As for this blog, it deserves a little more attention.  My things-to-write-about queue is bursting at the seams, and with the demise of Google Reader (Why?!!!!) I feel like this blog deserves a schedule so that my  Favorite Aunt Rebecca can know when to expect new content and won't demote me to Least Favorite Niece at the next family reunion.  So look for new posts on Tuesdays and Thursdays.  Yes, I realize it's Friday today, but hey, I started this post on a Thursday and once there was a snowman, tall, tall, tall...

Ahem, where was I?

Oh yes, Tuesdays and Thursdays.  This is not to say I won't ever post on other days, but you can definitely look for new content at least twice a week.  And if you find an article or some other item you'd like me to write about, let me know -- I take suggestions and questions.  If you send me something that really intrigues me I might even bump it to the top of my queue.  Or get off the couch.

Stranger things have happened...

Monday, July 8, 2013

Ten Commandments for the Bride-to-Be

What would wedding season be without a little dose of Bridezilla?

Writing to the Huffington Post, a reader tells of attending a wedding of a "not close" friend and giving a $100 cash gift only to be berated by the bride for being so "cheap":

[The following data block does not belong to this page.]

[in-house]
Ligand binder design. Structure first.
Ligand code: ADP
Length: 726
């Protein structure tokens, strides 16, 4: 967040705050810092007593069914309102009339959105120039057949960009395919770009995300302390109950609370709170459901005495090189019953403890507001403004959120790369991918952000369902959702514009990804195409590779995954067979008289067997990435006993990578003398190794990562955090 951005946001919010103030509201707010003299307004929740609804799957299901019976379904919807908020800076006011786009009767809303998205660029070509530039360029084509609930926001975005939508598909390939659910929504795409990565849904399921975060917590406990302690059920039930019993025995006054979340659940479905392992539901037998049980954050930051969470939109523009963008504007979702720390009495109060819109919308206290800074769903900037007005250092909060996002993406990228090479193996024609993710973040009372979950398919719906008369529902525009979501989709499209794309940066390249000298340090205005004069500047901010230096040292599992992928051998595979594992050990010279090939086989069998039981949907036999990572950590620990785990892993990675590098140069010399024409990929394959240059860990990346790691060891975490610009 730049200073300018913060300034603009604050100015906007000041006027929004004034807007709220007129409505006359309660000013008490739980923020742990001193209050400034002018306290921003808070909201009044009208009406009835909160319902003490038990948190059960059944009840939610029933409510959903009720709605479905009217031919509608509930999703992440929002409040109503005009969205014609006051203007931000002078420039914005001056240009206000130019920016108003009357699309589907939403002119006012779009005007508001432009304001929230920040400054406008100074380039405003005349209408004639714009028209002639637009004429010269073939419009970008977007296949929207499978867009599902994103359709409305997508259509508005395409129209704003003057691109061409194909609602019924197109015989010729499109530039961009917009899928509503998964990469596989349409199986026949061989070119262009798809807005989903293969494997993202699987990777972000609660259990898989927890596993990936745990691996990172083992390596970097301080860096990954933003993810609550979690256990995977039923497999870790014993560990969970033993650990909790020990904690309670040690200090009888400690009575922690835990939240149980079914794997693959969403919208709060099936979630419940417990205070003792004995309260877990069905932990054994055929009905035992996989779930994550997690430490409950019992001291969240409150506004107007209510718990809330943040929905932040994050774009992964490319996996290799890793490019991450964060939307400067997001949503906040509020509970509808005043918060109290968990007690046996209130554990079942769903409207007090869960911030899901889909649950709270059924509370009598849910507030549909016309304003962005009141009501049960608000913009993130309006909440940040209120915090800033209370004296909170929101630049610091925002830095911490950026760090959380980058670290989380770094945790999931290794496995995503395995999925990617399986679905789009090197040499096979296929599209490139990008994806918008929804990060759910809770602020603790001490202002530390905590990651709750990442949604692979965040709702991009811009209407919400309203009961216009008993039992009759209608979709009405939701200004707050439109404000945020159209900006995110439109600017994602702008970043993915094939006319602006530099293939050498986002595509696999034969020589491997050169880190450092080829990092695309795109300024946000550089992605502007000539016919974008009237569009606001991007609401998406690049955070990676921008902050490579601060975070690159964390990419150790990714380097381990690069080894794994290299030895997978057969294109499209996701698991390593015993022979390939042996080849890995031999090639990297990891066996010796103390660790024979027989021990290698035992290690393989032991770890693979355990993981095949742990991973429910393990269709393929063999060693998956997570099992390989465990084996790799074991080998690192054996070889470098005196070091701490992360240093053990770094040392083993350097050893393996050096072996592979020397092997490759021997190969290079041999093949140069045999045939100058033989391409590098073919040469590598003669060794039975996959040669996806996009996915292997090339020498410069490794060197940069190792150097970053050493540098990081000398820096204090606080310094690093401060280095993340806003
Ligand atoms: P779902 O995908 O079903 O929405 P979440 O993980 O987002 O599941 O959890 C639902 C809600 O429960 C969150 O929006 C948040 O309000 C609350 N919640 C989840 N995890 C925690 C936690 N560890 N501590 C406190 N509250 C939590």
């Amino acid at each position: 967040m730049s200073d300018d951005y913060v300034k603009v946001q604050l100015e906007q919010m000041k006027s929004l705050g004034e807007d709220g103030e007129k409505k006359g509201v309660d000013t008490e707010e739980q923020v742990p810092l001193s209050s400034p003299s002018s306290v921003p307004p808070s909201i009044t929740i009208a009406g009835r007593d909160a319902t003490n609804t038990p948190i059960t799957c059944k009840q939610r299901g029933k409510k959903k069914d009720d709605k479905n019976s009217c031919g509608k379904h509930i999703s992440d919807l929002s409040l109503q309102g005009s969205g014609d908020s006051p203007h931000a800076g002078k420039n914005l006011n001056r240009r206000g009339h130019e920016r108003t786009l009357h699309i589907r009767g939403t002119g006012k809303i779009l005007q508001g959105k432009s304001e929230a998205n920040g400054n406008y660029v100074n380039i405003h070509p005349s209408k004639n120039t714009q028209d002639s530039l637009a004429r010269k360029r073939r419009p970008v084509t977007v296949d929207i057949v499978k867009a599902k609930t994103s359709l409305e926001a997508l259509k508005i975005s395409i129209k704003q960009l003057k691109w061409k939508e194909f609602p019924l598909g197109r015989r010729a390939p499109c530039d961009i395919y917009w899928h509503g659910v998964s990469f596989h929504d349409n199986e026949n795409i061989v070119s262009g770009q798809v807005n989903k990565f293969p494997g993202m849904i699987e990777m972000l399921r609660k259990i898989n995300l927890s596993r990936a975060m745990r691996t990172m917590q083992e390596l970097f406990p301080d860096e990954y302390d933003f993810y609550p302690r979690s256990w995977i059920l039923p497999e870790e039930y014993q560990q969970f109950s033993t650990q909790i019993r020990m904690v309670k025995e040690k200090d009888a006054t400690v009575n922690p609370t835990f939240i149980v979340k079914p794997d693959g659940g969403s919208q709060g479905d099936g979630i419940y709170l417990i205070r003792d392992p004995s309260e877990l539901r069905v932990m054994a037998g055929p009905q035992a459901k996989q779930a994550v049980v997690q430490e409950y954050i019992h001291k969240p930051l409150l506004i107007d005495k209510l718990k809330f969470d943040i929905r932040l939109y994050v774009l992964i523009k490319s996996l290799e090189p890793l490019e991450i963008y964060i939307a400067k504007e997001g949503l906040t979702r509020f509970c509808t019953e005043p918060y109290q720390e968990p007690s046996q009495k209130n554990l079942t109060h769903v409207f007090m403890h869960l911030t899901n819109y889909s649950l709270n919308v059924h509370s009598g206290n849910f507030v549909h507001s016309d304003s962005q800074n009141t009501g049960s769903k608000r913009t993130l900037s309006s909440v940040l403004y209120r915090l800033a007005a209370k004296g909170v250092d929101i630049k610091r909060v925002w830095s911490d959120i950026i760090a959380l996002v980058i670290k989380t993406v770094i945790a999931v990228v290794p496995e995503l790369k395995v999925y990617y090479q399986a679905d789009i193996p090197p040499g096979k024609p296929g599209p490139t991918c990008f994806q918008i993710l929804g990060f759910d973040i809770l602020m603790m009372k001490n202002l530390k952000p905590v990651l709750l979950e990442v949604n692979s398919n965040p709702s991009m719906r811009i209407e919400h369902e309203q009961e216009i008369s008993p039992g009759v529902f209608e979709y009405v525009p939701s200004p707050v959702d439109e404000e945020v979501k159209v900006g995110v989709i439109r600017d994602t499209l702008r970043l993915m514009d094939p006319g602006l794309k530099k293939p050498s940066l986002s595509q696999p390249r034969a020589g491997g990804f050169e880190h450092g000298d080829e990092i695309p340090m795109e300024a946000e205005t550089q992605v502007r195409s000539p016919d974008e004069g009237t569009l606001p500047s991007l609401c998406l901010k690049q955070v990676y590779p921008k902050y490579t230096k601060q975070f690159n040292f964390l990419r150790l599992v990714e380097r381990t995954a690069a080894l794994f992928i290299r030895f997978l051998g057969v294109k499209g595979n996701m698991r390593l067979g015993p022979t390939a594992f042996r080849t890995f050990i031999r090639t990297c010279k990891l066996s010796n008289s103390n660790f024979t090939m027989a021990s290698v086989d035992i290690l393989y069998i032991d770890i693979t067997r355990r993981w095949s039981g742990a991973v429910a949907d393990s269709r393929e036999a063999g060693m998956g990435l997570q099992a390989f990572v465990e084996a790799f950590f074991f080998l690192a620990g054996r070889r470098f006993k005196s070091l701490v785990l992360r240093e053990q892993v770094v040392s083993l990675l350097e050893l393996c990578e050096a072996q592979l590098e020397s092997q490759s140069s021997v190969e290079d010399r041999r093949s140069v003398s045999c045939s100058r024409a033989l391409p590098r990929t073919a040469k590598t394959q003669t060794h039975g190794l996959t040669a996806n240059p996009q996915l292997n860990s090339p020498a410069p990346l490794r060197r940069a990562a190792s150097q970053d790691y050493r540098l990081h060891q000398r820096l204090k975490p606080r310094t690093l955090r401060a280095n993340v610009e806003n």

"Just for the cocktail and reception alone the cost per plate is $200" the bride whined.  "Mike and I both have already paid for everything else including decor, photography, attire etc and didn't expect we had to cover that huge amount for reception as well."

Oh, you poor thing!  I just hate it when I'm expected to pay for my own party instead of lining up my guests and soaking them for cash.

P.S.  If you're reading this blog post, you owe me $29.95.

Honestly, I'm not sure how God withstands the urge to throw a lightning bolt at this greedy little snot.  So help me, if any of my children ever act like this I'm going to ship them to the slums in India and not let them come back until the only thing that comes out of their mouths is "Thank you" and "What can I do to help?"

How on earth did weddings go from being a simple celebration of a marriage to a $28,000 (the average cost of a wedding these days) bride-led circus complete with fireworks and trained bridesmaids?  People, you can buy a car for $28,000.  Or make a down payment on a home.  Or get an education or fill a savings account or do any number of more prudent things.  And you want to spend it all on ONE party and ONE day?

*hyperventilates into a brown paper bag*

Not that I'm saying there is anything wrong with having a party.  If you can afford it and want to do it, then go ahead.  But, if you cannot afford to have a big party, you should hold off on the ice sculptures and the live music.  And the last thing you should do is have a $200/plate dinner and demand that your guests cover the cost.